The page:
Standard

Standardized Dent Resistance Test Procedure

2004-06-07
HISTORICAL
J2575_200406
These test procedures were developed based upon the knowledge that steel panel dent resistance characteristics are strain rate dependent. The “quasi-static” section of the procedure simulates real world dent phenomena that occur at low indenter velocities such as palm-printing, elbow marks, plant handling, etc. The indenter velocity specified in this section of the procedure is set to minimize material strain rate effects. The dynamic section of the procedure simulates loading conditions that occur at higher indenter velocities, such as hail impact, shopping carts, and door-to-door parking lot impact. Three dent test schedules are addressed in this procedure. Schedule A is for use with a specified laboratory prepared (generic) panel, Schedule B is for use with a formed automotive outer body panel or assembly, and Schedule C addresses end product or full vehicle testing.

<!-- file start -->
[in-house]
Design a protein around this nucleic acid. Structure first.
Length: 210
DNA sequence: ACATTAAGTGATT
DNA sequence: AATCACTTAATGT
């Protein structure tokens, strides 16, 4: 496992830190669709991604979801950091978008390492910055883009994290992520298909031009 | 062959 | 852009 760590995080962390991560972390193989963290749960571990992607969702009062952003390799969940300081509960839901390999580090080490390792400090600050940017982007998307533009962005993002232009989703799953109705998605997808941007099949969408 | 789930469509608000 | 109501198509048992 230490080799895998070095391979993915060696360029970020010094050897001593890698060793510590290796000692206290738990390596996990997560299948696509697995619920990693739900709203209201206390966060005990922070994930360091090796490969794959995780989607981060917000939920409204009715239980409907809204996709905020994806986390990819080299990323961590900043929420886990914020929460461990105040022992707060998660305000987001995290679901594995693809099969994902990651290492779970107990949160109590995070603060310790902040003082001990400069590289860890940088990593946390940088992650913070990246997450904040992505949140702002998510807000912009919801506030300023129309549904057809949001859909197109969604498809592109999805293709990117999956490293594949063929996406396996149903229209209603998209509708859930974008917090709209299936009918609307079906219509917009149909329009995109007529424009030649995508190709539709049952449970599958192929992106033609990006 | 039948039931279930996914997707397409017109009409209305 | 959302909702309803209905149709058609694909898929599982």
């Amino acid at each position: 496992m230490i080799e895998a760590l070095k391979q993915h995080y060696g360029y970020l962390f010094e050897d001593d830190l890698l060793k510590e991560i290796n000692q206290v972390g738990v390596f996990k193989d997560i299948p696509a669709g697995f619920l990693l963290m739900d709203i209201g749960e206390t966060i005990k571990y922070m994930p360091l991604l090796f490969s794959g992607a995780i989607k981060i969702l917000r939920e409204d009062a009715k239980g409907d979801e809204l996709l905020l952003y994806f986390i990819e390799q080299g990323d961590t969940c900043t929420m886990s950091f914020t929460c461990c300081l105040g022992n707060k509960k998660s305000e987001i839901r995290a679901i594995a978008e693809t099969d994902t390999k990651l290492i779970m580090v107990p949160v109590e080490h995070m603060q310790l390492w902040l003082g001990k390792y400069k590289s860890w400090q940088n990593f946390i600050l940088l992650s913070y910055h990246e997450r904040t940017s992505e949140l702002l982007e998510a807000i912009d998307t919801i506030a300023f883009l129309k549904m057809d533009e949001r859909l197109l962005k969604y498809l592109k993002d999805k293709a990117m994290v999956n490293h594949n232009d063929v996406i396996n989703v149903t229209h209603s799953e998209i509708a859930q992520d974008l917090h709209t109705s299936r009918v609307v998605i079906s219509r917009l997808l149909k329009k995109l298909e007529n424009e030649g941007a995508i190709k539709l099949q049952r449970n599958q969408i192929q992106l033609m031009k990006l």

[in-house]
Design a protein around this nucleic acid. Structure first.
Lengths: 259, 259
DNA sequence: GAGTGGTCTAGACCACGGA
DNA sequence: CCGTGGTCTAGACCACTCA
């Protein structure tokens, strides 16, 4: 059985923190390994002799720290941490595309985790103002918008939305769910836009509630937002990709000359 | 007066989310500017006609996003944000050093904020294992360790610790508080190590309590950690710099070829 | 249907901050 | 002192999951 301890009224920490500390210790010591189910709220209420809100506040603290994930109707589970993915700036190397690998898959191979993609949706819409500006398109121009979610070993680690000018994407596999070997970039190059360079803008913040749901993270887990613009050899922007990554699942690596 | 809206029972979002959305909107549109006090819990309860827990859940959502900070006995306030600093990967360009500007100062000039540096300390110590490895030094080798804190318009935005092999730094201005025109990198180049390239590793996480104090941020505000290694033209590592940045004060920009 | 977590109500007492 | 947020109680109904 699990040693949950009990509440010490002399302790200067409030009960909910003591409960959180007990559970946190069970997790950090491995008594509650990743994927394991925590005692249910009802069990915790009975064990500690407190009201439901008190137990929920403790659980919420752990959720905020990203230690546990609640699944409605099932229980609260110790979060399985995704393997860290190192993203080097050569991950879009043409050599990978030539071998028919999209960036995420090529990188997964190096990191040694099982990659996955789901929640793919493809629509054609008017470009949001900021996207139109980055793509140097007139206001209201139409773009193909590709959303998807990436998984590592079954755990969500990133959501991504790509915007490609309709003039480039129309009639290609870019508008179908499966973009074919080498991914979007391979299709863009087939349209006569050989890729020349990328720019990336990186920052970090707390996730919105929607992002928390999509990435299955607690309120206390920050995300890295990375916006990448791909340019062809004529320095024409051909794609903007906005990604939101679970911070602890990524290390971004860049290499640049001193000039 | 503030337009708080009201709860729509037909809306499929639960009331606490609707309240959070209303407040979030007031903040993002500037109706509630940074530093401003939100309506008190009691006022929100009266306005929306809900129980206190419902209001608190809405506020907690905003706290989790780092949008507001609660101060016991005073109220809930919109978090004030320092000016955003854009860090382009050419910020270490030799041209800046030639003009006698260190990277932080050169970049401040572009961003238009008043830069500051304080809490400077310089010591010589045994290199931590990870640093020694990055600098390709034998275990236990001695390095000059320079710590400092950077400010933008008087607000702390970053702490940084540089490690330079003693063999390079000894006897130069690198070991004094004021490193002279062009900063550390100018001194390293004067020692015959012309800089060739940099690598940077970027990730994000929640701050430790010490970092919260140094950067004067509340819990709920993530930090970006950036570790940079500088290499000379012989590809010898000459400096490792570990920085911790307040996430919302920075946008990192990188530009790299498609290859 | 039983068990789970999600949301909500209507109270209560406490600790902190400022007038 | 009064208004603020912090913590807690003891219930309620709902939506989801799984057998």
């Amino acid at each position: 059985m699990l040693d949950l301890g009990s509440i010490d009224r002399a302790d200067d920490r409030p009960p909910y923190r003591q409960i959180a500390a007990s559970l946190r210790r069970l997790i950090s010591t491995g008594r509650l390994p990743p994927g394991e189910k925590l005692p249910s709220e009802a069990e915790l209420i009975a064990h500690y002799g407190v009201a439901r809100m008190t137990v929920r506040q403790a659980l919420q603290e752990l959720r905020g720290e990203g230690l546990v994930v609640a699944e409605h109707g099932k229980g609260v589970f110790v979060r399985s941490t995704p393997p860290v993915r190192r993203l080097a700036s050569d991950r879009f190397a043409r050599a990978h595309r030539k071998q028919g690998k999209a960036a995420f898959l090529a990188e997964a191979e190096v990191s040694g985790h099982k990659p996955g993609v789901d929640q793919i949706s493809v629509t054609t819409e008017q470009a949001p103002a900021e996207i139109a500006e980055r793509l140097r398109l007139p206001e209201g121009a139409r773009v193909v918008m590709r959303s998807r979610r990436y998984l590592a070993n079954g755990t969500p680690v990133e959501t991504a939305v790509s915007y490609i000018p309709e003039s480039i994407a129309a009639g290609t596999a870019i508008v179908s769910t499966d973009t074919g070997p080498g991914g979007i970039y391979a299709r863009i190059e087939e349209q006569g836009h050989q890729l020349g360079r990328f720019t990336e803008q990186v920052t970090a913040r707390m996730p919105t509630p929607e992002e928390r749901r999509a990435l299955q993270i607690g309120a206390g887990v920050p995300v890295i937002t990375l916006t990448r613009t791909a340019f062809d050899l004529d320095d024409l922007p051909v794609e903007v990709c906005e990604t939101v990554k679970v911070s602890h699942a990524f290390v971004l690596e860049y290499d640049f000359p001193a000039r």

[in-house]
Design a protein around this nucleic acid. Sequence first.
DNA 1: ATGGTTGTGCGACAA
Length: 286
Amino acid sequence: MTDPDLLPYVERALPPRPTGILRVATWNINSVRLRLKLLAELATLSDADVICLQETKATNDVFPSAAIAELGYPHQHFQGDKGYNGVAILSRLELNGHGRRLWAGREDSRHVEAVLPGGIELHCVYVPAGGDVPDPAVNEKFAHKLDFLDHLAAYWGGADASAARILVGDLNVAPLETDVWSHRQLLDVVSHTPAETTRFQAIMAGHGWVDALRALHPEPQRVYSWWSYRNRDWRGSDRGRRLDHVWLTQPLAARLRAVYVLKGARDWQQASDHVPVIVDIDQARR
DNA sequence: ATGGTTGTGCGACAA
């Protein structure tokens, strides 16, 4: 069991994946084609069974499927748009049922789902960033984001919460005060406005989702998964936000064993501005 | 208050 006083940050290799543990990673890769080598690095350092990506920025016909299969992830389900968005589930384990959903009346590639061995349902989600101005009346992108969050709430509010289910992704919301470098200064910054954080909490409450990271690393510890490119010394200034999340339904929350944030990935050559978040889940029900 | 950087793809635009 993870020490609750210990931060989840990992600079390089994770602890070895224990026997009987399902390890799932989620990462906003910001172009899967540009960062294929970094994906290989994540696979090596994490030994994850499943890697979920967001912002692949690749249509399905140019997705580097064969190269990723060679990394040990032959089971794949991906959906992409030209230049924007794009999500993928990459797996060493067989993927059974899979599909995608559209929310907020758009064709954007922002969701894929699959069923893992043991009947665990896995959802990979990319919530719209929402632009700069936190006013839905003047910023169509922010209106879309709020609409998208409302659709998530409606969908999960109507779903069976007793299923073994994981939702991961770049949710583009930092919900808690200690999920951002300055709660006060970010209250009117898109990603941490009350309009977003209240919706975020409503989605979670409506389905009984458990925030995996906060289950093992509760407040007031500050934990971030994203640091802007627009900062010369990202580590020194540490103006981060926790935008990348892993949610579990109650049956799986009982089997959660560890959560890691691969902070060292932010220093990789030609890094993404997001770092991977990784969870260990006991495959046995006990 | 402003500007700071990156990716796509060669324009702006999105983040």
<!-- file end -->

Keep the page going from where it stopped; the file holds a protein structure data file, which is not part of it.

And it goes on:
Standard

Standard Sheet Steel Thickness and Tolerances

1991-04-01
HISTORICAL
J1058_199104
This SAE Recommended Practice provides an orderly series for designating the thickness of uncoated and coated hot-rolled and cold-rolled sheet and strip. This document also provides methods for specifying thickness tolerances. Requirements of industry permit leeway in the choice of thickness in some instances, but it is recognized that for many applications, particularly the tonnage requirements of the mass production industries, thickness is normally determined by critical engineering design or manufacturing considerations. However, for general applications or where requirements permit some latitude in the selection of thickness, the preferred thickness given in Table 1 will facilitate interchangeability of different metals in design, reduce inventory, and increase the availability in warehouse stocks of thicknesses commonly required for general applications. All of the thicknesses listed are not necessarily produced in all metals and grades.
Standard

Standard Sheet Steel Thickness and Tolerances

2015-04-28
CURRENT
J1058_201504
This SAE Recommended Practice provides an orderly series for designating the thickness of unocated and coated hot-rolled and cold-rolled sheet and strip. This document also provides methods for specifying thickness tolerances.
Standard